I might watch next year, irrespective. That's if it's shown here. It wasn't on the schedules originally, then suddenly appeared. Interestingly not on the channel usually used for motorsport. They moved Monaco and Indy to one of the two main sports channels. Usually F1 is shown on 206, and you have to a hoity toity, super duper package to see that. 202 - usually used for rugby and cricket - is visible to the hoi polloi. Yet suddenly there was motorsport on the more open channel.

They'd usually not show motorsport on that channel. Even if there's nothing live they will fill it up with highlights packages from the IRL or a documentary on the lives of famous tighthead props or something.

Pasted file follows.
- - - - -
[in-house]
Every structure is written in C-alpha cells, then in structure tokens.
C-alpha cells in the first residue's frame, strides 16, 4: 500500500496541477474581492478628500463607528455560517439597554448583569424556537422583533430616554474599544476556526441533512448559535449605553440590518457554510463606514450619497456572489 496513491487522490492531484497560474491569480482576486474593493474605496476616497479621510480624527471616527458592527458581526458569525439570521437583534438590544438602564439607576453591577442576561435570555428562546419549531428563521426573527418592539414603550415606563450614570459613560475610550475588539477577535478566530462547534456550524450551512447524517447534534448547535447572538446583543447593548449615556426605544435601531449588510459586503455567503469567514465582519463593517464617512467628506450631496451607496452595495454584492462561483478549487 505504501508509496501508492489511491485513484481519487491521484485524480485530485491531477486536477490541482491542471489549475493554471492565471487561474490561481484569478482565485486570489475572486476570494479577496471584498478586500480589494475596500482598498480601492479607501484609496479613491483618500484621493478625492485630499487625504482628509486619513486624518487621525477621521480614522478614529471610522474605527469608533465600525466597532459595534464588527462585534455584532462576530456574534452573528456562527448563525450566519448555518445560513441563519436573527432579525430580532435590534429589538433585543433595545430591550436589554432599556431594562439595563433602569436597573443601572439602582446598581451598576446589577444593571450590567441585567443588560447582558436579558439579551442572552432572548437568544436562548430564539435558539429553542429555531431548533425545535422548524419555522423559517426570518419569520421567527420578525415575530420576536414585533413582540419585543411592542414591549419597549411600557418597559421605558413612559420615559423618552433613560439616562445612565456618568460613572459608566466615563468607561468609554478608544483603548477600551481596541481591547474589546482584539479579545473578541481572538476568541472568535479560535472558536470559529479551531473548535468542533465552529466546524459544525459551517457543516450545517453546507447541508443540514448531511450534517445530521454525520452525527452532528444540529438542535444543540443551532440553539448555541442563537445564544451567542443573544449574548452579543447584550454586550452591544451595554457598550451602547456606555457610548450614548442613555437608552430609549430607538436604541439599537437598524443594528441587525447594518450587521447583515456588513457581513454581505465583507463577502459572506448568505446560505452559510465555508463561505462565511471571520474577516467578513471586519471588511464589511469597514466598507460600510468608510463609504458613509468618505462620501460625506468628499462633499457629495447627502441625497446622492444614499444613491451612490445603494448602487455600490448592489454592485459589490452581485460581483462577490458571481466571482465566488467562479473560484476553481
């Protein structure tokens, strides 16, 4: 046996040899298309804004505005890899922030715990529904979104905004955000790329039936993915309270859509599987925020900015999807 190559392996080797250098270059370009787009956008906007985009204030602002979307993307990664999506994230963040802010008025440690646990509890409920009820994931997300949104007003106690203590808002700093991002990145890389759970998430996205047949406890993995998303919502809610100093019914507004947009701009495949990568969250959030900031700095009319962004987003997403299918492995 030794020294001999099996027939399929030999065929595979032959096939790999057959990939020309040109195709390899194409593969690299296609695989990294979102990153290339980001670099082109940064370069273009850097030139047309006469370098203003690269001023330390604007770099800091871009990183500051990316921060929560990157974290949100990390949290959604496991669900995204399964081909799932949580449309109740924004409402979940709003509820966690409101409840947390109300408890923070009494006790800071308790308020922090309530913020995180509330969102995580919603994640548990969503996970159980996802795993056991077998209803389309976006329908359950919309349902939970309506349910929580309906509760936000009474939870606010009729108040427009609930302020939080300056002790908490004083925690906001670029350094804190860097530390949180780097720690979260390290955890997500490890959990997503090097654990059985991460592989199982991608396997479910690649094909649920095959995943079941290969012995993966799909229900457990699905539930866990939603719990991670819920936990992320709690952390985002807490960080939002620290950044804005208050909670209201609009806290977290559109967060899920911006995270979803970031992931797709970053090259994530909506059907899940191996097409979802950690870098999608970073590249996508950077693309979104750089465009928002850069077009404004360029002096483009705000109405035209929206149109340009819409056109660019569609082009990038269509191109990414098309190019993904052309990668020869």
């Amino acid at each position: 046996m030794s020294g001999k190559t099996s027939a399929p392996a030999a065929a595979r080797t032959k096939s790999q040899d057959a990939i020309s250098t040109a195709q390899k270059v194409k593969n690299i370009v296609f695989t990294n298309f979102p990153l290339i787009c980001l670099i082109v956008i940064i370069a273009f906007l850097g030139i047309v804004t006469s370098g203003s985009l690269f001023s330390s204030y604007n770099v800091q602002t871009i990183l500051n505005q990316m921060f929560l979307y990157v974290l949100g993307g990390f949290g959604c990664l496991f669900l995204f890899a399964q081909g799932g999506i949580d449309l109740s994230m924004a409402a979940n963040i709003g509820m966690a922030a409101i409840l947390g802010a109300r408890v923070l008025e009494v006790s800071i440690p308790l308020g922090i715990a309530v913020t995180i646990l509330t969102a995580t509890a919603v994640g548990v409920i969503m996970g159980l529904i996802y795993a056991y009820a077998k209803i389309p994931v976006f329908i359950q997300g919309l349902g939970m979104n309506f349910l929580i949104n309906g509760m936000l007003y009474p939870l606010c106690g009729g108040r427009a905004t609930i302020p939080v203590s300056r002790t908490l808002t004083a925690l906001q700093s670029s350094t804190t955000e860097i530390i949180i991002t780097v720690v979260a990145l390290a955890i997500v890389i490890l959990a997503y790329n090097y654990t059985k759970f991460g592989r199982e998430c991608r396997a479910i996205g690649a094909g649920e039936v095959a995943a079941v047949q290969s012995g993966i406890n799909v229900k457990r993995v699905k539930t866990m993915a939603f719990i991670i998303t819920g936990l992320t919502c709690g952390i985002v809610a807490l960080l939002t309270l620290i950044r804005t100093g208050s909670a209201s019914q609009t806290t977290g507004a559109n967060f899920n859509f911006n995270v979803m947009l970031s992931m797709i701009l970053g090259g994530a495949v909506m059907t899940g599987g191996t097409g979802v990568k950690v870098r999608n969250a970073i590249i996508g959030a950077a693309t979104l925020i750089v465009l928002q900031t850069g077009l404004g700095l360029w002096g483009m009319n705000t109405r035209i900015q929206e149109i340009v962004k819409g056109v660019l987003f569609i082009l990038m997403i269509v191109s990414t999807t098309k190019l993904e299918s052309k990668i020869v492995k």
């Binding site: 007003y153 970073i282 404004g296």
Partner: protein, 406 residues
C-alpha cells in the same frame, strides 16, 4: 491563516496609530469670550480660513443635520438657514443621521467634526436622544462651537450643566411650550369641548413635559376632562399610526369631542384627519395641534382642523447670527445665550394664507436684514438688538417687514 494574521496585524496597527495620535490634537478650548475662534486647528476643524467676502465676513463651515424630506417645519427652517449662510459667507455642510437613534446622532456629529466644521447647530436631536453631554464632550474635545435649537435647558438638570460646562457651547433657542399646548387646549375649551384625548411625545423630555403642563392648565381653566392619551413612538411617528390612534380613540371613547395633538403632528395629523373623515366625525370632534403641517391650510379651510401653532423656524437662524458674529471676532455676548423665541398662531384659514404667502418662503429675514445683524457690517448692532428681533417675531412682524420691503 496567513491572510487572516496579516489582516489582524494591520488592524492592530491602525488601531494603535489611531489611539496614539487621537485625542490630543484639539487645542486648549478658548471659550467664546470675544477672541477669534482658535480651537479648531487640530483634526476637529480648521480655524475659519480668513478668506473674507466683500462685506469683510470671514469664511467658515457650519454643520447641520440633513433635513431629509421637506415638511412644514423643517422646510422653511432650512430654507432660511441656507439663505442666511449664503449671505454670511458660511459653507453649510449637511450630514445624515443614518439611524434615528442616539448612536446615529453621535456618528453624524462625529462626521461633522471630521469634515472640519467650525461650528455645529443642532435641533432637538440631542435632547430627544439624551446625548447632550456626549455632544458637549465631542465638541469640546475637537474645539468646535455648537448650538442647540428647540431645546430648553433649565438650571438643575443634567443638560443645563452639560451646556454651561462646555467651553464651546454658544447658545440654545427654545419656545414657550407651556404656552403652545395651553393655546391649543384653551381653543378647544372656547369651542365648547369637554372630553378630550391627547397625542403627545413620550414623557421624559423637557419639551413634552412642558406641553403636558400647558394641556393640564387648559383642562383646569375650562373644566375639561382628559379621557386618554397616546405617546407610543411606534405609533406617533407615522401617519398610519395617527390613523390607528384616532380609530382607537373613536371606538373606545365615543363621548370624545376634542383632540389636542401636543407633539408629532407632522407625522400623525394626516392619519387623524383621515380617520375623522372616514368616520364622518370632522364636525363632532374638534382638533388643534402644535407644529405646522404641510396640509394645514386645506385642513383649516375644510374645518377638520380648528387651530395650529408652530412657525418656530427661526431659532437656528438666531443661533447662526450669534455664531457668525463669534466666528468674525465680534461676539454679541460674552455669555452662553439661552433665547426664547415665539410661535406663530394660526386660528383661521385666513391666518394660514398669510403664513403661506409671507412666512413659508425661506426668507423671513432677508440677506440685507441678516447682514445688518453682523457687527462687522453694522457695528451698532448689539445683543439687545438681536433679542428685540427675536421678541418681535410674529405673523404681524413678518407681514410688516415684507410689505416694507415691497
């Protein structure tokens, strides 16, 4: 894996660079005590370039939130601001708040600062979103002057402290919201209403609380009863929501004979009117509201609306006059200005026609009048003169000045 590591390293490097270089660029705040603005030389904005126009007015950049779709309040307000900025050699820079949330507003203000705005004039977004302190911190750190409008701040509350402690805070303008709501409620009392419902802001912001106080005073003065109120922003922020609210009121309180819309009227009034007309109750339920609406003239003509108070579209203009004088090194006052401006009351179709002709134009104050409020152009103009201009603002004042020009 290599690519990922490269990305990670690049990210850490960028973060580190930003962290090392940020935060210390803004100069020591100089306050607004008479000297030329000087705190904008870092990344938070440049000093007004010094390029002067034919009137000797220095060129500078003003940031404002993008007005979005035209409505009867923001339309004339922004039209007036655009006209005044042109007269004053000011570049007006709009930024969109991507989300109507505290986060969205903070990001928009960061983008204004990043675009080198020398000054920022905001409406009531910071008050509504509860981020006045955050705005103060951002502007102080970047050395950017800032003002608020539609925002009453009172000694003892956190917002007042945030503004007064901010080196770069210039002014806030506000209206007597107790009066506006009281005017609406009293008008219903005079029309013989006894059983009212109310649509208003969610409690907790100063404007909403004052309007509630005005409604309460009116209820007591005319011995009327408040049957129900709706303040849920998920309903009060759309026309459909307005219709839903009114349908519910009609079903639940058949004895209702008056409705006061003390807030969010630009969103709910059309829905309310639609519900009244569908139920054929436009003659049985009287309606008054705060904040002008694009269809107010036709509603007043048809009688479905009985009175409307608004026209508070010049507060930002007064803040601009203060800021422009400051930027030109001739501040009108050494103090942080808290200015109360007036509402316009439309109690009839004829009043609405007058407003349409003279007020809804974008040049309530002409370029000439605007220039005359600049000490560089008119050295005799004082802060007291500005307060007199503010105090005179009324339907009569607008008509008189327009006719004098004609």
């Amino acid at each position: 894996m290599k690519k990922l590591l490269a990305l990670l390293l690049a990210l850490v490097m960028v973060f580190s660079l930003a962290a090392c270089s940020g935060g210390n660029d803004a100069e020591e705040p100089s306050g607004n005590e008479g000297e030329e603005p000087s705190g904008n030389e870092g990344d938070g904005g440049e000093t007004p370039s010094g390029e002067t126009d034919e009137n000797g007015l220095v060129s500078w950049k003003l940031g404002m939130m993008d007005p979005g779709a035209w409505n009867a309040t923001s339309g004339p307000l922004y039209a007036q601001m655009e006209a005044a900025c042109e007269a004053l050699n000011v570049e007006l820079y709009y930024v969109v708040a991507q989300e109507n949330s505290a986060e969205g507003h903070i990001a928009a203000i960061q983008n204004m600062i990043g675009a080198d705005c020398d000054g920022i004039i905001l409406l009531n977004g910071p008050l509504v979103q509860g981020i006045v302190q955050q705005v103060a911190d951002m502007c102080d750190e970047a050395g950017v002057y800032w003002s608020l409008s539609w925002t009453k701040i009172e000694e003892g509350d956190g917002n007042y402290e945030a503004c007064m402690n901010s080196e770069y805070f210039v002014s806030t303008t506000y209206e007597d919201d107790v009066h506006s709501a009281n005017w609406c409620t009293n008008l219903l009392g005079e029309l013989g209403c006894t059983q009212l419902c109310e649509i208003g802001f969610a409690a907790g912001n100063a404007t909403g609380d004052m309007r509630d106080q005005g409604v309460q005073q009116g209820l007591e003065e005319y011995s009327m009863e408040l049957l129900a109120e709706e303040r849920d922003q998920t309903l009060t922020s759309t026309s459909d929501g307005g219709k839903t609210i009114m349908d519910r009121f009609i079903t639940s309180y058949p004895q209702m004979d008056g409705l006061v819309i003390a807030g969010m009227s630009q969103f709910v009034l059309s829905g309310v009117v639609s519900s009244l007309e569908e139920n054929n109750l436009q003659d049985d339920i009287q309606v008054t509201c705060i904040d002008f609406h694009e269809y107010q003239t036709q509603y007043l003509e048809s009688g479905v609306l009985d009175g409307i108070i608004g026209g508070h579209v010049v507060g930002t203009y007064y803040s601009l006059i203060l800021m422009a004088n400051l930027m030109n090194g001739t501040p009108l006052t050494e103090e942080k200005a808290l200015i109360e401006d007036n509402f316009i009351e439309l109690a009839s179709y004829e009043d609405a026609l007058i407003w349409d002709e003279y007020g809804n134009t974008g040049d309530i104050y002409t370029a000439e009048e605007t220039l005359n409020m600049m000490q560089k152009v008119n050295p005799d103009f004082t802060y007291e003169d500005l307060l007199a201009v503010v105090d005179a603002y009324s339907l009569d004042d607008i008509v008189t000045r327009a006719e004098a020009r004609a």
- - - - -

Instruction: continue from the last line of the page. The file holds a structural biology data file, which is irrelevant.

I guess they got a lot of enquiries.
~misfit~
2017-06-05 04:26:34 UTC
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Post by Phil Carmody
Post by Bobster
Dixon's crash was scary as heck. Amazing that he walked away. I can
remember a time when he would have been maimed at the very least.
Yeah, that put me in a mild state of shock, the upside-down landing on
the corner of the barrier. Good chassis design to have that a
walk-away type prang. In the decades I've been watching F1, I've seen
few that have looked so potentially visceral.
Post by Bobster
A pity about Alfonzie. I'm not sure he would have won from the
position he was in, having lost places on a restart, but he was a
contender and he provided some great entertainment. I missed him at
Monaco, but I enjoyed the 500 and seeing him racing hard and smart
and at the front.